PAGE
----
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Prescribing decline a healthy trend

Media Release

Prescribing decline a healthy trend - PHARMAC

A continuing decline in prescription figures for the most commonly used antibiotics is a healthy sign, says PHARMAC’s Medical Director Dr Peter Moodie.

PHARMAC has today launched the 11th annual Wise Use of Antibiotics campaign, aimed at encouraging appropriate use of antibiotics and reducing antibiotic resistance.

Dr Moodie says there has been a continuing decrease in the volume of antibiotics prescribed to six to 18-year-olds and under-six-year-olds, with almost 25,000 less prescriptions in this age group during the winter months of 2007 compared with the year before.

“This downward trend is extremely good news as pre-schoolers and young children are among the most frequent patient groups to see a doctor about a viral illness during the winter months.”

This trend is encouraging, as is a reduction in people’s expectations for receiving antibiotics, Dr Moodie says. A survey by Colmar Brunton at the end of last winter revealed that 62% of people expected antibiotics when they visited the doctor about a cold or flu. This compares to 80% who expected antibiotics in a similar survey 10 years ago.

“These are encouraging statistics, because these are vital medicines for treating bacterial infections. If antibiotics are overused, it will contribute to the growth in antibiotic resistance. Antibiotic resistance is a global threat to public health and that’s why it’s so important that antibiotics are not over-used or prescribed inappropriately.”

Dr Moodie says the central message in this year’s campaign is `if in doubt, check it out’. People should not hesitate to visit their doctor if they are concerned about winter colds and flu.

“The aim of this campaign is to ensure that the treatment a patient receives is the most appropriate for their illness – and if it’s a cold or flu, the doctor is going to prescribe bed-rest, paracetamol and lots of fluids. We need to reserve antibiotics for the bugs they can fight, not the ones they can’t.”

The PHARMAC-led campaign is supported by The Royal New Zealand College of General Practitioners, Plunket, the Pharmaceutical Society of New Zealand, the Pharmacy Guild, doctors groups and PHOs around New Zealand.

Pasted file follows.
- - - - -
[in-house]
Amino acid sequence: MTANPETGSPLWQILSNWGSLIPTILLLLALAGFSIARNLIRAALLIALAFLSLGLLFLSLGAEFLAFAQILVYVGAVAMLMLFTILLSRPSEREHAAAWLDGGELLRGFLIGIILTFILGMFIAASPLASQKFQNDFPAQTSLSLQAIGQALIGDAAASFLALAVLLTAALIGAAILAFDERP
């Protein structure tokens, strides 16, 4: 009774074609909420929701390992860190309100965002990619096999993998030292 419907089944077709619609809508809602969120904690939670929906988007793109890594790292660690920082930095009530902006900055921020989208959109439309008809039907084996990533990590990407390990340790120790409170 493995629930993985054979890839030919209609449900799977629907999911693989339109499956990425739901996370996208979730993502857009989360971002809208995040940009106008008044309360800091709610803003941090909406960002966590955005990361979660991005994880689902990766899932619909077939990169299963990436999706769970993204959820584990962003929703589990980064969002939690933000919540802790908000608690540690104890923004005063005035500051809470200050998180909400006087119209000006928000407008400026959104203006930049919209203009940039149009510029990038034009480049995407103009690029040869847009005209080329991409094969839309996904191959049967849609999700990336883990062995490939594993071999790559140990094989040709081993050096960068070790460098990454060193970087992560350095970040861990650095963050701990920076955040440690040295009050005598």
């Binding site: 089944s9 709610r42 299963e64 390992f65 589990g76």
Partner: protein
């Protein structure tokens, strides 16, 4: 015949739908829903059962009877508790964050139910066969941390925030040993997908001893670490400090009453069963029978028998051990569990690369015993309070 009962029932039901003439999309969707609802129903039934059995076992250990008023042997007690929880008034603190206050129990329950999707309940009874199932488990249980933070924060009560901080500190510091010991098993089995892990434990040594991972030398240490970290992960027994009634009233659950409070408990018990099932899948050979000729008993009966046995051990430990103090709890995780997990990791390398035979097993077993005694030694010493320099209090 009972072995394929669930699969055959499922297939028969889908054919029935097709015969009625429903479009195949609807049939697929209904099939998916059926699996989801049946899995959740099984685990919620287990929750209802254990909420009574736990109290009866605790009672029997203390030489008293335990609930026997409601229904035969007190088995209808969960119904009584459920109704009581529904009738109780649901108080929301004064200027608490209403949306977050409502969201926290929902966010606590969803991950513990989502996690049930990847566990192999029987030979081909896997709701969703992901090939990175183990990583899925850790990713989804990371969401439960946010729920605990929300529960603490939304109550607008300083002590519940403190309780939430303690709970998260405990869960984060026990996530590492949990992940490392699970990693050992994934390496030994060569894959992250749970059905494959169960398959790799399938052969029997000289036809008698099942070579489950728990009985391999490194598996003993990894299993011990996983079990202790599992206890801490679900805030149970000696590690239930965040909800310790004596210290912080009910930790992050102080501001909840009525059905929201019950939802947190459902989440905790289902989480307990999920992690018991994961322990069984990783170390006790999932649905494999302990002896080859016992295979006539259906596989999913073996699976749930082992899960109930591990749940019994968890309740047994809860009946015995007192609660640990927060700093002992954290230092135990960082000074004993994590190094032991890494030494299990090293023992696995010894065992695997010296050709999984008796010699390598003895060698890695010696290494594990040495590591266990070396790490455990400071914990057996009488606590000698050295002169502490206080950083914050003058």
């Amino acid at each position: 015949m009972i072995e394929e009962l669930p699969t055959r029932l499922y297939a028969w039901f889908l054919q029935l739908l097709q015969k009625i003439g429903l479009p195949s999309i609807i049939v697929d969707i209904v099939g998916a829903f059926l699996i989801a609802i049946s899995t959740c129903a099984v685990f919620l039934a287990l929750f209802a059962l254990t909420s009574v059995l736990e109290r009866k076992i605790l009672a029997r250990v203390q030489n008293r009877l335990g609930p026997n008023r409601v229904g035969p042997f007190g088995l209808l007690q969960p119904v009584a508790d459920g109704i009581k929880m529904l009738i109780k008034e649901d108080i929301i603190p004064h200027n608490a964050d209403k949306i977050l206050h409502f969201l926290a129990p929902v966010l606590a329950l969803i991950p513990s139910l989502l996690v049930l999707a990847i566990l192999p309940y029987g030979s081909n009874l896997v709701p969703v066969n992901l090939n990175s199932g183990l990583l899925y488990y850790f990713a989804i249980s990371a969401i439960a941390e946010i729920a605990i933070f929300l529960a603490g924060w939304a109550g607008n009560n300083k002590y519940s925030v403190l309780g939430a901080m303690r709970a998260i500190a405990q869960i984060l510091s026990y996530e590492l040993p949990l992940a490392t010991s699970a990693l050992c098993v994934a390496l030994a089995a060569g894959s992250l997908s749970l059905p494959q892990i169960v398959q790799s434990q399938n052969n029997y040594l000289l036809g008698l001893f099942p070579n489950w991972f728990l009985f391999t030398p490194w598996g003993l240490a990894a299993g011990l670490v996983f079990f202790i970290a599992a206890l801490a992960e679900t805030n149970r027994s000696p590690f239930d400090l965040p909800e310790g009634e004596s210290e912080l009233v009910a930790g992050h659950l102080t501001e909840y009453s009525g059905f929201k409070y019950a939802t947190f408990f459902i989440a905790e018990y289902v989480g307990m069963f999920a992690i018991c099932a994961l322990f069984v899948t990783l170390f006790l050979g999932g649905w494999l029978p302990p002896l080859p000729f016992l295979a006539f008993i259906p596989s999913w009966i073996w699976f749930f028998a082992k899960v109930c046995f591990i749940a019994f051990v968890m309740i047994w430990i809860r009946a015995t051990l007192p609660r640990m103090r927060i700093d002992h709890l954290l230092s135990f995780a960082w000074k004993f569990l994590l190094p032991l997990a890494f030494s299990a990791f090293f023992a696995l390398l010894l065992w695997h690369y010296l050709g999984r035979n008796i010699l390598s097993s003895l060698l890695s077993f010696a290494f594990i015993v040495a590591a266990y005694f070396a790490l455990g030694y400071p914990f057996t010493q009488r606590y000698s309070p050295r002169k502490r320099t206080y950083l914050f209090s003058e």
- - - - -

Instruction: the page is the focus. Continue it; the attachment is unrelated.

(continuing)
Media Backgrounder

• The Wise Use of Antibiotics Campaign began 11 years ago and is aimed at educating New Zealanders about the importance of appropriate use and demand for antibiotics.

• Antibiotics are only effective against bacterial infections, not viral illnesses.

• Colds and flus are viral illnesses that are best treated with bed-rest, paracetamol and plenty of fluids.

• If people are ill, they should go to their doctor and get it checked out, rather than assuming it is simply a cold or flu.

• When prescribed antibiotics, it is important people take the full course and do not stop part way through.

• Antibiotic resistance develops through antibiotics being used to treat illnesses against which they are not effective, and through people not taking the full course of antibiotics prescribed.

• Development of antibiotic resistance is a worldwide public health issue and similar public awareness campaigns are run in UK, Canada and Australia.

• As part of the campaign educational information for both patients and health professionals is sent to doctors throughout New Zealand as well as Primary Health Organisations, pharmacies, Plunket offices, Maori and Pacific health providers, and schools.

• The Wise Use of Antibiotics website is

• The PHARMAC-led campaign is supported by The Royal New Zealand College of General Practitioners, Plunket, the Pharmaceutical Society of New Zealand, and the Pharmacy Guild, doctors’ groups and PHOs around the country.

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